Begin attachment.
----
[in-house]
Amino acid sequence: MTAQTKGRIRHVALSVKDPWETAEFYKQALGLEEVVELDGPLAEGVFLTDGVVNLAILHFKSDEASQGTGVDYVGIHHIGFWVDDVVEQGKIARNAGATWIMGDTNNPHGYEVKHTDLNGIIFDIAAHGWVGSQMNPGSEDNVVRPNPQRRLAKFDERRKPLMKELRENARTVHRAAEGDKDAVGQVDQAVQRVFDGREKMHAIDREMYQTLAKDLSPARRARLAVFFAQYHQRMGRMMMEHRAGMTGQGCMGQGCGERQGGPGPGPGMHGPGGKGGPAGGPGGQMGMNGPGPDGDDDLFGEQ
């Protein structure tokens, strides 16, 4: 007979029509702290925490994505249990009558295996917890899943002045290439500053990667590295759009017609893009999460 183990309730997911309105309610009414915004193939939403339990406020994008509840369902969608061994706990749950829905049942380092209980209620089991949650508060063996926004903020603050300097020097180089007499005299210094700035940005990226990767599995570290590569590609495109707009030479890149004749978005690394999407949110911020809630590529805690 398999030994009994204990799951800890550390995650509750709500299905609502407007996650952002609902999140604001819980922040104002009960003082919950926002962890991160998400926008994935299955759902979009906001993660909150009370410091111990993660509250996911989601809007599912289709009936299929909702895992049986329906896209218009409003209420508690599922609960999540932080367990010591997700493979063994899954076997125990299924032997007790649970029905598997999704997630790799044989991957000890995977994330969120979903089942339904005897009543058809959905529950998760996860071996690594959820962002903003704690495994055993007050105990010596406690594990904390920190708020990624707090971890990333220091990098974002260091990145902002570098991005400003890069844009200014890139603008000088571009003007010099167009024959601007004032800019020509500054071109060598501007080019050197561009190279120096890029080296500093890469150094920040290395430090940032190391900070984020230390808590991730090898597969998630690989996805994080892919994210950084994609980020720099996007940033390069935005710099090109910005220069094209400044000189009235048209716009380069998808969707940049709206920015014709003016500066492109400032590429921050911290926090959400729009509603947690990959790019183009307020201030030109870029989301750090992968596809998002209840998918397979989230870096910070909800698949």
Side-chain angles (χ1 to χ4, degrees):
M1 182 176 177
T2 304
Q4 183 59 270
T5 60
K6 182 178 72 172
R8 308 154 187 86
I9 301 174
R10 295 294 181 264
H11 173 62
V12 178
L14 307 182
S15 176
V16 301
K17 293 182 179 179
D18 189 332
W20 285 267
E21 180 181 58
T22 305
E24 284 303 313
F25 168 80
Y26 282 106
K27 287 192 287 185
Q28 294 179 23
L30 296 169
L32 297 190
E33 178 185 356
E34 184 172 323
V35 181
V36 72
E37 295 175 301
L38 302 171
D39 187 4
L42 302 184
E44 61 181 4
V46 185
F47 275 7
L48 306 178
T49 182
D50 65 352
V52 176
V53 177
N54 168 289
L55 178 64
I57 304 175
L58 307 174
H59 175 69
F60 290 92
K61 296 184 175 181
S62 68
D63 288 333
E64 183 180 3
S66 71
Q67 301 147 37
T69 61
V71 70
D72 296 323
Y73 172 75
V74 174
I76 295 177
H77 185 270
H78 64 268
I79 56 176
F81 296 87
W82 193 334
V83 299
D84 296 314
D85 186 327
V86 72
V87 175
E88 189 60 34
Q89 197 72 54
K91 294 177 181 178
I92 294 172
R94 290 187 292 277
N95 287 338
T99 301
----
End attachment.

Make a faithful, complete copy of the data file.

[in-house]
Amino acid sequence: MTAQTKGRIRHVALSVKDPWETAEFYKQALGLEEVVELDGPLAEGVFLTDGVVNLAILHFKSDEASQGTGVDYVGIHHIGFWVDDVVEQGKIARNAGATWIMGDTNNPHGYEVKHTDLNGIIFDIAAHGWVGSQMNPGSEDNVVRPNPQRRLAKFDERRKPLMKELRENARTVHRAAEGDKDAVGQVDQAVQRVFDGREKMHAIDREMYQTLAKDLSPARRARLAVFFAQYHQRMGRMMMEHRAGMTGQGCMGQGCGERQGGPGPGPGMHGPGGKGGPAGGPGGQMGMNGPGPDGDDDLFGEQ
């Protein structure tokens, strides 16, 4: 007979029509702290925490994505249990009558295996917890899943002045290439500053990667590295759009017609893009999460 183990309730997911309105309610009414915004193939939403339990406020994008509840369902969608061994706990749950829905049942380092209980209620089991949650508060063996926004903020603050300097020097180089007499005299210094700035940005990226990767599995570290590569590609495109707009030479890149004749978005690394999407949110911020809630590529805690 398999030994009994204990799951800890550390995650509750709500299905609502407007996650952002609902999140604001819980922040104002009960003082919950926002962890991160998400926008994935299955759902979009906001993660909150009370410091111990993660509250996911989601809007599912289709009936299929909702895992049986329906896209218009409003209420508690599922609960999540932080367990010591997700493979063994899954076997125990299924032997007790649970029905598997999704997630790799044989991957000890995977994330969120979903089942339904005897009543058809959905529950998760996860071996690594959820962002903003704690495994055993007050105990010596406690594990904390920190708020990624707090971890990333220091990098974002260091990145902002570098991005400003890069844009200014890139603008000088571009003007010099167009024959601007004032800019020509500054071109060598501007080019050197561009190279120096890029080296500093890469150094920040290395430090940032190391900070984020230390808590991730090898597969998630690989996805994080892919994210950084994609980020720099996007940033390069935005710099090109910005220069094209400044000189009235048209716009380069998808969707940049709206920015014709003016500066492109400032590429921050911290926090959400729009509603947690990959790019183009307020201030030109870029989301750090992968596809998002209840998918397979989230870096910070909800698949």
Side-chain angles (χ1 to χ4, degrees):
M1 182 176 177
T2 304
Q4 183 59 270
T5 60
K6 182 178 72 172
R8 308 154 187 86
I9 301 174
R10 295 294 181 264
H11 173 62
V12 178
L14 307 182
S15 176
V16 301
K17 293 182 179 179
D18 189 332
W20 285 267
E21 180 181 58
T22 305
E24 284 303 313
F25 168 80
Y26 282 106
K27 287 192 287 185
Q28 294 179 23
L30 296 169
L32 297 190
E33 178 185 356
E34 184 172 323
V35 181
V36 72
E37 295 175 301
L38 302 171
D39 187 4
L42 302 184
E44 61 181 4
V46 185
F47 275 7
L48 306 178
T49 182
D50 65 352
V52 176
V53 177
N54 168 289
L55 178 64
I57 304 175
L58 307 174
H59 175 69
F60 290 92
K61 296 184 175 181
S62 68
D63 288 333
E64 183 180 3
S66 71
Q67 301 147 37
T69 61
V71 70
D72 296 323
Y73 172 75
V74 174
I76 295 177
H77 185 270
H78 64 268
I79 56 176
F81 296 87
W82 193 334
V83 299
D84 296 314
D85 186 327
V86 72
V87 175
E88 189 60 34
Q89 197 72 54
K91 294 177 181 178
I92 294 172
R94 290 187 292 277
N95 287 338
T99 301